• Mark E. Ary

Mortgage Rates Miraculously Flat Despite Massively Lower Treasury Yields

Written by: Matthew Graham

Chief Operating Officer,  Mortgage News Daily / MBS Live Aug 12 2019, 3:24PM:

Mortgage rates were unchanged to slightly higher today--a claim that utterly boggles the mind of anyone who thought they understood the relationship between bond markets and the mortgage world.  ALMOST without fail, a big drop in 10yr Treasury yields will coincide with lower mortgage rates.  In fact, many people believe (albeit incorrectly) that mortgage rates are based on the 10yr yield.  But today, despite a substantial drop in Treasury yields, mortgage rates are stuck in the mud.

Since this could continue to be the case, I'm going to include the following brief statement/reminder until the situation subsides:

A note on mortgage rates not improving even when 10yr yields are falling:

Mortgages and the bonds that underlie them (MBS) are subject to one major uncertainty that doesn't affect US Treasuries: the risk that a borrower will refinance.  Investors pay extra money for mortgages upfront in exchange for interest over time.  They have well-researched models that suggest average refinance risk.  When rates fall more quickly than expected, people refinance faster and investors lose out on the returns they were counting on to break even.  The result is that investors pay much less for any given mortgage relative to what they would pay if Treasury yields were holding steady.  When investors pay less, borrowers pay more for any given interest rate, or they're simply forced to take a higher interest rate.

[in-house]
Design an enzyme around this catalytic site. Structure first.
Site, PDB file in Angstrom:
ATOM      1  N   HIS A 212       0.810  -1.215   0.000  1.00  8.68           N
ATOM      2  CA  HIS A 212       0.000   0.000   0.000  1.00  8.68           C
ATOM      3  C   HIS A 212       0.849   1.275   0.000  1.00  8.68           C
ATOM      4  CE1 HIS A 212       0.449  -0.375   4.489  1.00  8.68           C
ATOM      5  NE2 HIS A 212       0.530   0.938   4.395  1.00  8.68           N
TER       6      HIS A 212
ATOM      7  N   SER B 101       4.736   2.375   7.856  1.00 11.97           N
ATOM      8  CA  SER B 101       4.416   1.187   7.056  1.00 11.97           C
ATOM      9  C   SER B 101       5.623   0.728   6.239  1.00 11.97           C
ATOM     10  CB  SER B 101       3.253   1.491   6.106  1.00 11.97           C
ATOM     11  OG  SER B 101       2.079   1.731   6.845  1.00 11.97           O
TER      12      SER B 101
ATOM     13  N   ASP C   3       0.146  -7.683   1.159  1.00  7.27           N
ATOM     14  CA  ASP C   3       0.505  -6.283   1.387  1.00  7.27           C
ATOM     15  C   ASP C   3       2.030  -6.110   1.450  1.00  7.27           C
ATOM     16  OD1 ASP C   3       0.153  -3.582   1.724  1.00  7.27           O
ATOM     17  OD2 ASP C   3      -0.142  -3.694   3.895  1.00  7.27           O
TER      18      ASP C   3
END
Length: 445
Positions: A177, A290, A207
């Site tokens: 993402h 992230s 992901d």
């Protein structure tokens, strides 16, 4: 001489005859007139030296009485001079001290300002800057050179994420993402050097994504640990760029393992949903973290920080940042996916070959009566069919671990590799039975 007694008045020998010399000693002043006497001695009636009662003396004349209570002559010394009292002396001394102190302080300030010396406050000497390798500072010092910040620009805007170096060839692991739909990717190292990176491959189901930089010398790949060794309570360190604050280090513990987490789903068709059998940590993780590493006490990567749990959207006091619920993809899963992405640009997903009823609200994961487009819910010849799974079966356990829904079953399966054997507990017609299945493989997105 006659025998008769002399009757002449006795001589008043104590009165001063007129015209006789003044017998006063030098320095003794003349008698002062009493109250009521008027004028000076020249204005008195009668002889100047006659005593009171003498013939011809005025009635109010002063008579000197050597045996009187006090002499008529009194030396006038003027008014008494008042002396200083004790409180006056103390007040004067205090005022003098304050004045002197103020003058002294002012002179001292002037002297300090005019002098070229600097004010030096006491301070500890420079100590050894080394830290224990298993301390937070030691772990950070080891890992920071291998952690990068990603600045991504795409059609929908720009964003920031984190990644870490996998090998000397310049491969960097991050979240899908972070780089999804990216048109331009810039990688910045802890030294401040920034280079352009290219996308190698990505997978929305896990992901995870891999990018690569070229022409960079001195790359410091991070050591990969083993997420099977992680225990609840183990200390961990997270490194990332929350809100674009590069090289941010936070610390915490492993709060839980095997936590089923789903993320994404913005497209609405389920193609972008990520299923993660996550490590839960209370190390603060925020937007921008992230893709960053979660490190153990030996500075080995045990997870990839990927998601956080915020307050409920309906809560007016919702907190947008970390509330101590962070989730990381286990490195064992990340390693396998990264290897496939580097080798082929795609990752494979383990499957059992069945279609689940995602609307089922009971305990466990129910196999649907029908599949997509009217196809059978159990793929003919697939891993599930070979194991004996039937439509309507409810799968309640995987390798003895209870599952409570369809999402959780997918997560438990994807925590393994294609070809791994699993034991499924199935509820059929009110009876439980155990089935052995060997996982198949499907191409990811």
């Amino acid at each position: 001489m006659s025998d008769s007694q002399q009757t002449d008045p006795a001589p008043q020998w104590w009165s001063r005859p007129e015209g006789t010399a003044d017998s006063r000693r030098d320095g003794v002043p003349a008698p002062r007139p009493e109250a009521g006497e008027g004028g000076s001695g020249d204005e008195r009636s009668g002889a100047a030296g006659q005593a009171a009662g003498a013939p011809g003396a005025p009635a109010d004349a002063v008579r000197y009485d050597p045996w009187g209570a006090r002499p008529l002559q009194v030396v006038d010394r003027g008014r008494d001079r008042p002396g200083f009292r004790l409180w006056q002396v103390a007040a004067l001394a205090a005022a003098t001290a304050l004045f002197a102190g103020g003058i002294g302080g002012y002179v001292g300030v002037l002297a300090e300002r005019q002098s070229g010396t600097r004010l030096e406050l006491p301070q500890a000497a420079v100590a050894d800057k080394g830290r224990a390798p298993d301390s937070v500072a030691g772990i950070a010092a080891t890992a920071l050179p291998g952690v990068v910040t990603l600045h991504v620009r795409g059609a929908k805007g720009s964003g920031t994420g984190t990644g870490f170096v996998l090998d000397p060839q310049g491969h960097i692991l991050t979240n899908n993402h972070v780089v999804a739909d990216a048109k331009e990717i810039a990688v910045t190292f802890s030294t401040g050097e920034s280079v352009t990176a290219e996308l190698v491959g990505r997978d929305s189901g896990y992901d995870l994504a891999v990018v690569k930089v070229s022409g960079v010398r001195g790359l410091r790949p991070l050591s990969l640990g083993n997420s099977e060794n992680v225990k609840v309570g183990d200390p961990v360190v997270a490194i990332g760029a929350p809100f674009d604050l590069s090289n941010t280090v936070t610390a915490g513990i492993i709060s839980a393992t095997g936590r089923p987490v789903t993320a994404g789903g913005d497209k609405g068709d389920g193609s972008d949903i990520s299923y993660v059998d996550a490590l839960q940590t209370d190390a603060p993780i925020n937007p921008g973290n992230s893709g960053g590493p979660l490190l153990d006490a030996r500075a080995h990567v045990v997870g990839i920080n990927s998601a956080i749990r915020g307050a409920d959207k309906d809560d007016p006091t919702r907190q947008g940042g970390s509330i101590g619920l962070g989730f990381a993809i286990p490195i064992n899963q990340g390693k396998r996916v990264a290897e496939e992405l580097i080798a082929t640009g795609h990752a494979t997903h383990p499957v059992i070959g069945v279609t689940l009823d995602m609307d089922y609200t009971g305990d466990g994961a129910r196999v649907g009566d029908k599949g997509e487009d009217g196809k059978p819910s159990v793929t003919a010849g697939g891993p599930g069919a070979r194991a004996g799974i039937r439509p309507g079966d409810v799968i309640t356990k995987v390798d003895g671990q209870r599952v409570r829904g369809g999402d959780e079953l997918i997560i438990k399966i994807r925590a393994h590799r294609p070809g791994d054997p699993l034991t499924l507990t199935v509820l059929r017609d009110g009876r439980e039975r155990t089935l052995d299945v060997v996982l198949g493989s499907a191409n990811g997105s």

There's one more layer of frustration that exists between mortgage lenders and the bond market.  Simply put, when volatility is high, it costs lenders much more than normal to ensure the availability of locked rates, not to mention the ability to remain profitable in the process.  The result is that lender pricing will appear very conservative compared to times when MBS prices are holding in a more stable pattern.

This double whammy for mortgage borrowers can keep rates flat or even HIGHER on days where 10yr Treasury yields are MUCH lower.  It will only be fixed by TIME.  

If you're looking for the simplest possible analogy, here you go: mortgage rates find drops in the 10yr yield to be intoxicating and pleasant. But this particular drop is tantamount to alcohol poisoning. Last thing they want right now is another drink. As seen at: http://www.mortgagenewsdaily.com/.

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MARK E. ARY, MBA

Senior Licensed Loan Originator &        
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HUD Disclaimer: This material is not from HUD or FHA and has not been approved by HUD or any government agency.

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